25. Sara, thanks for an inspiring article! I’ve been dealing with IBS for a few years, and find that fatty meals can make it a lot worse, but maybe it’s time to do some experimenting and see what’s what.

    I’m intrigued by your assertion that this way of eating is actually cheaper – I feel like I’m often balancing my desire to live on fresh, whole foods with the simple facts of not making enough money. The vegetables that go into a big delicious salad seem so much pricier than what it takes to make some rice & beans or a sandwich. Am I imagining it?

  26. Thanks Jaime! I’m glad the article was insightful for you. Good luck and keep me posted!

    (PS – I save a lot of money by buying produce either frozen or from the local farmer’s market).

  27. There is too much to tell, so I’ll cut it down. I’m 71 and vegetarian for a critical health reason. I am the same weight I was in college (about 155) and only gained a little from when I ate meat (and was under corporate stress.) My health cure came when I got colon cancer in/on one of the many polyps I grew every year. Coincidentally, I turned vegetarian after the cancer operation, and, a couple years after, I realized I wasn’t getting any more polyps. Then at an annual exam, an oncologist told my wife and I that the biggest single cause of colon cancer is meat. I know. I stopped and have never had another polyp in 15 years after I used to grow as many as 7 a year. So, my fridge has no meat (but salmon is allowed) – all fresh veggies, a few cheeses, fruit juices (100% only),onions,peppers, olives, etc. Our main meals are: elaborate salads or veggie stir fry combos (never the same.) Last point: having a high metabolism helps weight control, but so does being active, especially walking.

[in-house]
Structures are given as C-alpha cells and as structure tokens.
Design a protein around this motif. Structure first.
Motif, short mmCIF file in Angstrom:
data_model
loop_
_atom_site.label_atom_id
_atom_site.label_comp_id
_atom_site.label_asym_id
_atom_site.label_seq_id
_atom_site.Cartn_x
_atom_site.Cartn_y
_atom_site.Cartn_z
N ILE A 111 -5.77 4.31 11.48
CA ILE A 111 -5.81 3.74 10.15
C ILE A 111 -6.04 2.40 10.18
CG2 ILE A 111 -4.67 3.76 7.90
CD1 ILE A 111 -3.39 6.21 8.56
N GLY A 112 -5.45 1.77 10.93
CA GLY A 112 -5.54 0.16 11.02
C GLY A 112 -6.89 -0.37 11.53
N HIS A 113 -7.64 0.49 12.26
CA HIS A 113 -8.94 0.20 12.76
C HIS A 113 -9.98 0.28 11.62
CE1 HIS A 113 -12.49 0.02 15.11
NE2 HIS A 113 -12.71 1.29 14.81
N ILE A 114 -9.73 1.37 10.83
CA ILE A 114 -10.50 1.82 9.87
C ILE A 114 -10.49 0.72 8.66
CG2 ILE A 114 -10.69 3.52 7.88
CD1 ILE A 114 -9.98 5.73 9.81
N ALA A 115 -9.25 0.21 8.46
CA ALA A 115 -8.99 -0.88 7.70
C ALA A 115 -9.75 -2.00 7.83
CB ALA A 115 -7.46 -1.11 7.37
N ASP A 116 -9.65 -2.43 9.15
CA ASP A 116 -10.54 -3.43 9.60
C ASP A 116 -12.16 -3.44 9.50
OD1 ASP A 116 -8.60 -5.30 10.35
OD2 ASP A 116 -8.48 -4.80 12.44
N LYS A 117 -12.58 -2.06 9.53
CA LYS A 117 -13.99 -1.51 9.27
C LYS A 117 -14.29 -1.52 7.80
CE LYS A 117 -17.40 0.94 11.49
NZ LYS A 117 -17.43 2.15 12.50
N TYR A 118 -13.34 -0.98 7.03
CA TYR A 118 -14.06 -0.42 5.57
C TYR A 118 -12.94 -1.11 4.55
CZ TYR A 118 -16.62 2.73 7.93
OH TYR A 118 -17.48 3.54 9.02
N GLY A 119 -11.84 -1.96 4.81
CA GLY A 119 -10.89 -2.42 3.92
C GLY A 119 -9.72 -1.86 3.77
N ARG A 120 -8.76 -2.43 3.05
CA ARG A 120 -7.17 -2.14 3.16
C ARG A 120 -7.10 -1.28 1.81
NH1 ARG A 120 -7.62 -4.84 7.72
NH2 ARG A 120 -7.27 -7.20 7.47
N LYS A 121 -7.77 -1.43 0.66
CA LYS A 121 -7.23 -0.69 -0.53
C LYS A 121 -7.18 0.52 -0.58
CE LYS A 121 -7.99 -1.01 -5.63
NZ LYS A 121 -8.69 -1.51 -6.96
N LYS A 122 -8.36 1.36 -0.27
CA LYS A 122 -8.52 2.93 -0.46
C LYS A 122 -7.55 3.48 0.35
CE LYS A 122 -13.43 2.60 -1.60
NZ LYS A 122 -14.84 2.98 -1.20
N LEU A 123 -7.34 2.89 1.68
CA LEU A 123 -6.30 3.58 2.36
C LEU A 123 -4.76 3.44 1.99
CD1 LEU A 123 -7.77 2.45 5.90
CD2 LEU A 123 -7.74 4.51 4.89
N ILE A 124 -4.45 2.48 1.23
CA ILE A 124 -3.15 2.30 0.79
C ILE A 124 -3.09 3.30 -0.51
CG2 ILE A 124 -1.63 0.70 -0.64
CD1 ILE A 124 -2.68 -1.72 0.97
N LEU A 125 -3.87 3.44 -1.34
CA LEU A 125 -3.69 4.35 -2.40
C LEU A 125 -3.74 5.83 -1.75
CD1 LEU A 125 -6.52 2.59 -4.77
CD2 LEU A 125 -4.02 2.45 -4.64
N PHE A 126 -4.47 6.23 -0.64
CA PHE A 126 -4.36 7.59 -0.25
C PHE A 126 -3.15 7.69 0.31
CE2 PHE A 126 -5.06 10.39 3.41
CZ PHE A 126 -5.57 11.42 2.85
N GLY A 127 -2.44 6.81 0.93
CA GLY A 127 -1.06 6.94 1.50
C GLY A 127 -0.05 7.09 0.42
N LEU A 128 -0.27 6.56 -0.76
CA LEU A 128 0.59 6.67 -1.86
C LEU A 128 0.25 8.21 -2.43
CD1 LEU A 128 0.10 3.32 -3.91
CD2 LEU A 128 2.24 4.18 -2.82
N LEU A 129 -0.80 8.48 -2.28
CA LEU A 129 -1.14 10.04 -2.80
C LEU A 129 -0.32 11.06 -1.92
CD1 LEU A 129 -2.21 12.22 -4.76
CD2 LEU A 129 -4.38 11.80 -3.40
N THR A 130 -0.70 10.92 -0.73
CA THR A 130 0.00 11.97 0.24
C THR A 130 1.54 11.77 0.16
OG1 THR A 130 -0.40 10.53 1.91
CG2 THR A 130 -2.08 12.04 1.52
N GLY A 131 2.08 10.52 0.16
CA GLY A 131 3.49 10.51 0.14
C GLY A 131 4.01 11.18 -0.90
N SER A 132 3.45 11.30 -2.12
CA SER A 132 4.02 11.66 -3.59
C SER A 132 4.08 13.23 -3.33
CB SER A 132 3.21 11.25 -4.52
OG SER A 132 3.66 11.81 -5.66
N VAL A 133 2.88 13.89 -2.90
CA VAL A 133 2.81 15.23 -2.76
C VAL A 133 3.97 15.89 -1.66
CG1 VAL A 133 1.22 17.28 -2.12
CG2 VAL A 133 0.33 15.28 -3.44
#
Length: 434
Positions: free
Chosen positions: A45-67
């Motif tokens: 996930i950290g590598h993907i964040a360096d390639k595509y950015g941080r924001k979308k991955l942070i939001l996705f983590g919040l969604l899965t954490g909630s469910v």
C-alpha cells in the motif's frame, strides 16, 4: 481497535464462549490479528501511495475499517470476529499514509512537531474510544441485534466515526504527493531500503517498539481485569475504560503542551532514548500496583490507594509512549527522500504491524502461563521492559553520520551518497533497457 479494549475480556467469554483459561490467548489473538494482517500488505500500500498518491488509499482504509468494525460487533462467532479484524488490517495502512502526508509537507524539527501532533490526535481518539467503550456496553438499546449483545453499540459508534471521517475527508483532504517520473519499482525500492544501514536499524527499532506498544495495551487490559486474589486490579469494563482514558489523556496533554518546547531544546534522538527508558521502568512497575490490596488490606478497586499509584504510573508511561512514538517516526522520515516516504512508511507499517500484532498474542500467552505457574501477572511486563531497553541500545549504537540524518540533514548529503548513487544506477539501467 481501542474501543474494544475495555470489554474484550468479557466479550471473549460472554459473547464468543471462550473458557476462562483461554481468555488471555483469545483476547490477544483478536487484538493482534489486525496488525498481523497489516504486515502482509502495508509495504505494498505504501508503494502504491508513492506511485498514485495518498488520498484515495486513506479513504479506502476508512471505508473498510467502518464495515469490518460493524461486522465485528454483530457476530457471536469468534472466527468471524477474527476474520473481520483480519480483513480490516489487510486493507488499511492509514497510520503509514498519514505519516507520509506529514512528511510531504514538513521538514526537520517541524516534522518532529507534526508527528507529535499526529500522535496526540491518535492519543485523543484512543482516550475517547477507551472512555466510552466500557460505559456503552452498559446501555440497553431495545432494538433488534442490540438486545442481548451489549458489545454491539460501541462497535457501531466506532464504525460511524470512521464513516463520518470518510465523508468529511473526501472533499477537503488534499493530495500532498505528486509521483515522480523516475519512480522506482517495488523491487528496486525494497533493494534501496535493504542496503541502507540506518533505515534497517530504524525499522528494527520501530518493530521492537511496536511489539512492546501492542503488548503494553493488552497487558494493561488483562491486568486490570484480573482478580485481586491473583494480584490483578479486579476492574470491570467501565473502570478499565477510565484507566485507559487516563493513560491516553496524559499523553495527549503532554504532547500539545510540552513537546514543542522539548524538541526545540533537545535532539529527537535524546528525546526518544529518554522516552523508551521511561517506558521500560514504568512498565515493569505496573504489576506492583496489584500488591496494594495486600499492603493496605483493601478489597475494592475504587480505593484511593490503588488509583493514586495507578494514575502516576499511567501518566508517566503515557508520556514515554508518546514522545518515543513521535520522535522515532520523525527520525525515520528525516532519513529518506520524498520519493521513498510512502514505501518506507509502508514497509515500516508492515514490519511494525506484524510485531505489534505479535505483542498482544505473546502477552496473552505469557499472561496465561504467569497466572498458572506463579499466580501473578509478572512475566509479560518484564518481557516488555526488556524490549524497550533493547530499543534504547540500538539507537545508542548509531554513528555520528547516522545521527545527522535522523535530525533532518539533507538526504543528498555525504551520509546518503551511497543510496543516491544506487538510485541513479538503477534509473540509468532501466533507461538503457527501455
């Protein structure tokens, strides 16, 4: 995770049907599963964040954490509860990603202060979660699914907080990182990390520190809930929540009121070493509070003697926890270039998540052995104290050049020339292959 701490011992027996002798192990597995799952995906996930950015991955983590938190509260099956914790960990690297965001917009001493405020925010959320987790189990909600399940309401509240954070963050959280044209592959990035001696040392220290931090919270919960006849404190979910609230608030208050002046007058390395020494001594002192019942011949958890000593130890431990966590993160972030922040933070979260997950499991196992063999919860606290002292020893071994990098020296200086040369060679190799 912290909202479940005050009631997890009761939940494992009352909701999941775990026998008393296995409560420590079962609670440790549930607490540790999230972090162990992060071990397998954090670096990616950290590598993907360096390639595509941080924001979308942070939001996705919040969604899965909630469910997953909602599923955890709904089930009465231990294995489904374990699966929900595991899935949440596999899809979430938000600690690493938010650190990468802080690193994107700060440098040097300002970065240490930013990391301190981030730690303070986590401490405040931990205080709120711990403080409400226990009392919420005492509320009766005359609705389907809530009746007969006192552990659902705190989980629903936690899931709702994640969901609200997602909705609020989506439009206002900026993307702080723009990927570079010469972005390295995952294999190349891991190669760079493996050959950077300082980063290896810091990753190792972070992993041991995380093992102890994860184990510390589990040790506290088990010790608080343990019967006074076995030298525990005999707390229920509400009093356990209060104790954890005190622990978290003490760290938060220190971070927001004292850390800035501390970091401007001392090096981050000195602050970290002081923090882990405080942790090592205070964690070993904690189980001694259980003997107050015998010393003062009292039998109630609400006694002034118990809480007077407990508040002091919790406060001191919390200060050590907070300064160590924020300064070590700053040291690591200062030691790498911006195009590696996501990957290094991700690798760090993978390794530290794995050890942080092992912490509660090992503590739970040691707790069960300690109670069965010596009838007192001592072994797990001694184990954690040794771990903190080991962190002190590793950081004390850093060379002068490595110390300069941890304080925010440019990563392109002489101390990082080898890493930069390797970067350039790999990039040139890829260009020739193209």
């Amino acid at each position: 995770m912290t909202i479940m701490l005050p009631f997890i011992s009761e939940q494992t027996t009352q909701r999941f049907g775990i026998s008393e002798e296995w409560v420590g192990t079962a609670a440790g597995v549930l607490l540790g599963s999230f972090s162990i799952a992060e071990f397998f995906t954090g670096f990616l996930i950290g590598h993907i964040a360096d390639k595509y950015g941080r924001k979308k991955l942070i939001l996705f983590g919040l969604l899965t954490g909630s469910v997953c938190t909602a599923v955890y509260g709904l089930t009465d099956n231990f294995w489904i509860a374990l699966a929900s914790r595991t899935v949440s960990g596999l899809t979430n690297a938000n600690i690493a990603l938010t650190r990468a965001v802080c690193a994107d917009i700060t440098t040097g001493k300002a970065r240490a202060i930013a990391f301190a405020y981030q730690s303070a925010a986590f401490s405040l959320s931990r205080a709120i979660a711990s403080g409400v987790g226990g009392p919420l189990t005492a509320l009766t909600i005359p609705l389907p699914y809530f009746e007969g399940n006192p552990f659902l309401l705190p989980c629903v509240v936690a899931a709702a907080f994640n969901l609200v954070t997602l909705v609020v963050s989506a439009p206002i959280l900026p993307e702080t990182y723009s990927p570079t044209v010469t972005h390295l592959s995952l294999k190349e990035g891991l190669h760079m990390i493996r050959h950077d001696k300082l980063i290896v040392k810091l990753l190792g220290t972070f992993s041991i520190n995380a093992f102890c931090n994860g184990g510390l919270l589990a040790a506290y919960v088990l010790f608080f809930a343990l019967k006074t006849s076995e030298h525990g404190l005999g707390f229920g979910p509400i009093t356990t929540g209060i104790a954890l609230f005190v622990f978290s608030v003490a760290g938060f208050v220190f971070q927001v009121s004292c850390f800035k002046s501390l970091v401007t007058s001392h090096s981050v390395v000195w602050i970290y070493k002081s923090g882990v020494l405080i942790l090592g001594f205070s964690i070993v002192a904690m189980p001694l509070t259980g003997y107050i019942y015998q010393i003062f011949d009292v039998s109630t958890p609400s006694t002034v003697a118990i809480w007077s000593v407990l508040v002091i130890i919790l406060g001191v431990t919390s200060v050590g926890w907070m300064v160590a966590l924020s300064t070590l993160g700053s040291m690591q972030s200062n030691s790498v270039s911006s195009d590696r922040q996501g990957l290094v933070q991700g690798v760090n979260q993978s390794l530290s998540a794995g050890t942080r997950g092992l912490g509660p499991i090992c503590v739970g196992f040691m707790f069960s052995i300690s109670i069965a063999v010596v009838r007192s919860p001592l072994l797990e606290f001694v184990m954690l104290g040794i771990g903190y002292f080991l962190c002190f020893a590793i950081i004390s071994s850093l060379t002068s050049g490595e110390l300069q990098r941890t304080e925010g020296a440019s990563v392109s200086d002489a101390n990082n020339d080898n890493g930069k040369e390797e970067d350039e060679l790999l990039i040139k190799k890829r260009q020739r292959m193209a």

28. Good stuff, Tom, thanks so much for sharing. And congrats on the victory over colon cancer! Your diet sounds very smart (and tasty).

  29. While I agree with the article I don’t agree with the wrong belief that fat doesn’t make you fat and only sugar does. The truth is that all three macronutrients (carbohydrates, proteins and fats) have fat-storage mechanisms activated by the body when there’s an excess of calories. In the specific it’s the adipocyteous protein ASP that turns dietary fat into stored body fat.

    So the bottom line is that if you eat 600 calories of pure white sugar you LOSE WEIGHT no matter what and if you eat 6000 calories of pure butter you GAIN WEIGHT no matter what.

    The most important factor in losing or gaining weight is the “fat balance”.
    Fat balance means “fat consumed” vs. “fat oxidized”. Since on a high-carb diet less fat is oxidized but less fat is consumed while on a low-card diet more fat is oxidized but more is consumed the “fat balance” difference, given a same amount of calories, between a low-carb diet and an high-carb diet is just ZERO; and this is what all isocaloric studies show.

    Ad libitum studies instead show better weight loss with low-carb. So the reason for this is simple: low-carb is better at decreasing hunger and cause people to eat less calories even if they don’t feel like eating less.

  30. Sara,

    What a great article! I can’t tell you the number of times I’ve read it and re-read it. It’s really inspiring. 🙂

    I have a question for you. I’m working on tweaking my diet at the moment to make it healthier (I’m doing Atkins induction right now) since recently my metabolism seemed VERY sensitive to carbs. I’m curious to know how you budget your dark chocolate/starchy carb intake because it really breaks my heart to think I can’t evenr have chocolate and winter squash again if I want to keep my waist!

    Thanks a bunch in advance. 🙂